Talk:Fourth Amendment to the United States Constitution

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February 22, 2014 Featured article candidate Not promoted

Mapp v. Ohio is cited just a tiny bit incorrectly[edit]

I don't want to be mean-spirited so this is the last time I will raise the issue, but as a very regular user of Wikipedia who cares deeply about its reliability I feel compelled to voice my objection to my correction being reversed on this point.

Every legal scholar- and every Supreme Court case that has considered the history of the amendment (and the Wikipedia page on the case)- posits that Wolf v. Colorado stands for the proposition that the Fourth Amendment is applicable to the States through the doctrine of "selective incorporation" via the Fourteenth Amendment. Mapp v. Ohio stands for the closely related proposition (and it is very close, so I can understand the confusion) that the FEDERALLY mandated Exclusionary Rule (that is, evidence discovered as a result of a Fourth Amendment violation cannot be admitted into evidence at trial) announced in Weeks v. United States would also be required in STATE prosecutions.

If this difference isn't important to your readers, so be it, but again I just have to tell you, hopefully politely, that the site as it stands now is wrong. I would fix it but I would be afraid of my edit being undone again or coming across as a boor. So please, I just hope someone reads this who is managing the page and at least takes a look at what I raise. (talk) 20:31, 3 March 2016 (UTC)

Actually, the IP editor is correct. Wolf is a somewhat strange case, but scholars agree that the Court ruled that Fourth Amendment protections against the arbitrary invasion of privacy by police were incorporated to the states via the Fourteenth Amendment. In his majority opinion, Justice Frankfurter wrote: "The security of one's privacy against arbitrary intrusion by the police -- which is at the core of the Fourth Amendment -- is basic to a free society. It is therefore implicit in "the concept of ordered liberty," and, as such, enforceable against the States through the Due Process Clause."(Wolf, 388 U.S. at 27-28.) If you don't believe me, see this law review article at p. 498, this law review article at p. 130, and this law review article at p. 52. Best, -- Notecardforfree (talk) 22:06, 3 March 2016 (UTC)
Wolf was decided during a period when the Supreme Court repeatedly held that the Bill of Rights did not apply to the States, but that certain rights applied to the States to the extent that right was "fundamental to the concept of ordered liberty." In Wolf, the Court ruled that the privacy interest at issue applied to the States, not the Fourth Amendment. When Wolf was decided, the exclusionary rule was treated as being a requirement of the Fourth Amendment (see Weeks v. United States); this ended in United States v. Calendra (1974). So when Wolf was decided the Court held that the principles at the "core of the Fourth Amendment", but not the Fourth Amendment itself, applied to the States and so it held that the exclusionary rule did not apply to the States. In Mapp, the Court changed course and held that when a right enumerated in the Bill of Rights is held to apply to the States, the specific provision/amendment in the Bill of Rights applies to the States to the same extent as it does against the federal government, not merely to the extent it is "fundamental to the concept of ordered liberty." Because of this change in course, the Court in Mapp overruled Wolf, holding that the Fourth Amendment and the exclusionary rule completely applied to the States. Wolf is no longer good law. Mapp is why the Fourth Amendment applies to the States and why the exclusionary rule so applies. SMP0328. (talk) 03:46, 4 March 2016 (UTC)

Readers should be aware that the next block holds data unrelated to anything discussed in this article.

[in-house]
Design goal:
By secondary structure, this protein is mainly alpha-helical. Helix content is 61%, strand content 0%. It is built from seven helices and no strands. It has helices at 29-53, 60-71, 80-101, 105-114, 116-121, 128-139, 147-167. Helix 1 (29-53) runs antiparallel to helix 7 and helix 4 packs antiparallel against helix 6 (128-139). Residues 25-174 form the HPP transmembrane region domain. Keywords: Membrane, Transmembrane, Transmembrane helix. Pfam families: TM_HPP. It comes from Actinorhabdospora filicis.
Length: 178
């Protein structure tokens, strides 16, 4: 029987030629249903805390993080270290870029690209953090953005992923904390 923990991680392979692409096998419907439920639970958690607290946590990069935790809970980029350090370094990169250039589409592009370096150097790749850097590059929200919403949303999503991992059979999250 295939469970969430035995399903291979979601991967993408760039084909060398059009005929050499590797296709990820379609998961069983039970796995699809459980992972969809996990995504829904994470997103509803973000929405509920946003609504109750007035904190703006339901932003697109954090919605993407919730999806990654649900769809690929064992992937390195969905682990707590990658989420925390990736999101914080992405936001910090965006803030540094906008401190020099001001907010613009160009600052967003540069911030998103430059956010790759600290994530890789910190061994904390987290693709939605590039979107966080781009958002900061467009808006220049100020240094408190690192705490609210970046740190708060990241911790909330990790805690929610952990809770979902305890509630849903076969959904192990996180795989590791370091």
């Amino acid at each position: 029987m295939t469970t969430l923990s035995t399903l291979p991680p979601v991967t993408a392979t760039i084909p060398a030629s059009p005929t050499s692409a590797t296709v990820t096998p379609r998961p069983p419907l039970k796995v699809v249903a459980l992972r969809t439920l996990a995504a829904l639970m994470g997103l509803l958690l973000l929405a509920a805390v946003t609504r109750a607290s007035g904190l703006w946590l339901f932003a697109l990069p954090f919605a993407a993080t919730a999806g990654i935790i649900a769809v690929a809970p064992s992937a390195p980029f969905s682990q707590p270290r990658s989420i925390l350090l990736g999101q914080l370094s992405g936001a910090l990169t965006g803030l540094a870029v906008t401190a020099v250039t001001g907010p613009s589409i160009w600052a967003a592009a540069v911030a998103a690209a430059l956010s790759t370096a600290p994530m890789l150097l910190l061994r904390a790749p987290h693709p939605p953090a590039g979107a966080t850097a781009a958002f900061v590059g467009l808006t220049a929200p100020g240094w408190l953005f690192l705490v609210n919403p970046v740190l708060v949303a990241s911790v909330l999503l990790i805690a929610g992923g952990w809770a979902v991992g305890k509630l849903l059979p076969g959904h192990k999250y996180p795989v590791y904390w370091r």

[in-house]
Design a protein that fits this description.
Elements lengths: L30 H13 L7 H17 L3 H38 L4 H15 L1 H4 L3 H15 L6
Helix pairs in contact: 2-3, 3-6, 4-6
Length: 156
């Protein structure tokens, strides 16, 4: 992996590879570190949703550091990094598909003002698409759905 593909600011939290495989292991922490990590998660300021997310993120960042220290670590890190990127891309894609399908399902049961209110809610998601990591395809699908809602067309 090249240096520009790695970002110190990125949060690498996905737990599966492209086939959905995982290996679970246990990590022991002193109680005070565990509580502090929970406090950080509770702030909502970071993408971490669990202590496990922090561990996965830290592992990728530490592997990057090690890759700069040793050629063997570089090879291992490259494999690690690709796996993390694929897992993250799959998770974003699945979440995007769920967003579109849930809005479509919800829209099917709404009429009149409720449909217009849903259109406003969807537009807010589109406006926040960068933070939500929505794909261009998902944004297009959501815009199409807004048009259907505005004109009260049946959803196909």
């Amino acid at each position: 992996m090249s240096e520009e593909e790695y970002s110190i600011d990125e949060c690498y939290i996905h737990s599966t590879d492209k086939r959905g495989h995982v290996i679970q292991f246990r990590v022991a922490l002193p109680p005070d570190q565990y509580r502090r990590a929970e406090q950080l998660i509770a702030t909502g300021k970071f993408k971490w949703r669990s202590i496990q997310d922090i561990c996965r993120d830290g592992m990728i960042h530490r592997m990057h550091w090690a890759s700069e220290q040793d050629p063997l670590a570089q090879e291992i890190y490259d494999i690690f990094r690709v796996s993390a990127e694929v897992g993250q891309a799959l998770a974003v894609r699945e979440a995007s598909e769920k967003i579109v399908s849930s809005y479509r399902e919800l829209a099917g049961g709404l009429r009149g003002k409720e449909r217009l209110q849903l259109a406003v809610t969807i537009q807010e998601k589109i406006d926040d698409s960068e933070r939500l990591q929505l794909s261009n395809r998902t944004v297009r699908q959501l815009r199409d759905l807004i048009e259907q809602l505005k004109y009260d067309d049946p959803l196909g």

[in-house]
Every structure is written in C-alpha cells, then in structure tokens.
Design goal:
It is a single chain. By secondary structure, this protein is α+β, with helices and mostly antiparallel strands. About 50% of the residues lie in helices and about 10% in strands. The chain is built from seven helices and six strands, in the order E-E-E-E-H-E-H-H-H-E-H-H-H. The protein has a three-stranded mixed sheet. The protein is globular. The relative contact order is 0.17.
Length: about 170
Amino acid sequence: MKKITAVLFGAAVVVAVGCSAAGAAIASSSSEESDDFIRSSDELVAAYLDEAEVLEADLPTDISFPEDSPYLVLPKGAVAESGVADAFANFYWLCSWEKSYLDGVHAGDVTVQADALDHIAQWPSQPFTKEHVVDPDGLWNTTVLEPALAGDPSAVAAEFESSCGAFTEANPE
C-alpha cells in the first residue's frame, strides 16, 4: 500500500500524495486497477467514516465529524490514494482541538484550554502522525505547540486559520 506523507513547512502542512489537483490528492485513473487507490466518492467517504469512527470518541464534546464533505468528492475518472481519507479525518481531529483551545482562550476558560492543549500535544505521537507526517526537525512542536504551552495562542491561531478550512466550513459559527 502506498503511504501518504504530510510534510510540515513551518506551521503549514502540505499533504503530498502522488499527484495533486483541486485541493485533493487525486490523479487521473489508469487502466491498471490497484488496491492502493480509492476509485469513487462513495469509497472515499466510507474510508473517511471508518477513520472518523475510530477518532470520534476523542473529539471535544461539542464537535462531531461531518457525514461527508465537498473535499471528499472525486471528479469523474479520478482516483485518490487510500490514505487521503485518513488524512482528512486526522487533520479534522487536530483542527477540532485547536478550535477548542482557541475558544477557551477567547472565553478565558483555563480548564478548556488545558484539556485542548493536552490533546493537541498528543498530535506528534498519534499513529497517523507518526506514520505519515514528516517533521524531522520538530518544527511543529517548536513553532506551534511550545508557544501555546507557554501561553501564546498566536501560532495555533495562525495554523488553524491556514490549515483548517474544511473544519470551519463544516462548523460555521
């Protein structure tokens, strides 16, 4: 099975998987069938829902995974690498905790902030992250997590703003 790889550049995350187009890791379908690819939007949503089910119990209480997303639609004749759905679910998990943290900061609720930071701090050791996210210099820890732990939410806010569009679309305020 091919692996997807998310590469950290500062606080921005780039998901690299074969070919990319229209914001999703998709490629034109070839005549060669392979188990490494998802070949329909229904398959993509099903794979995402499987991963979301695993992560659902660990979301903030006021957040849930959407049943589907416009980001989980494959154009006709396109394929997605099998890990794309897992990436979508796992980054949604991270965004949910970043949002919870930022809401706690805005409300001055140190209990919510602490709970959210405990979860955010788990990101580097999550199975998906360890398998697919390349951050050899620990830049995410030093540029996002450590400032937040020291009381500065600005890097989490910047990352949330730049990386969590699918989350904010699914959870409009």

@SMP0328.: your characterization of Justice Frankfurter's theory of selective incorporation is correct. However, your assessment of Wolf seems to create an unnecessary distinction between (1) Fourth Amendment protections against unreasonable searches and seizures and (2) "the Fourth Amendment itself" (in your words), by which I assume you mean the full Fourth Amendment, including the exclusionary rule. I think it is certainly fair to say that the Fourth Amendment was not fully incorporated until Mapp, but scholars agree that the fundamental ("core") protections enumerated in the Fourth Amendment (against unreasonable searches and seizures) were incorporated in Wolf. See, for example, the law review articles cited in my previous comment above and this article by Richard Re at pp. 1934-35, in which he explains that Wolf incorporated the Fourth Amendment but that the Court "considered the Due Process Clauses as a potential source of exclusionary rights, apart from the Fourth Amendment itself."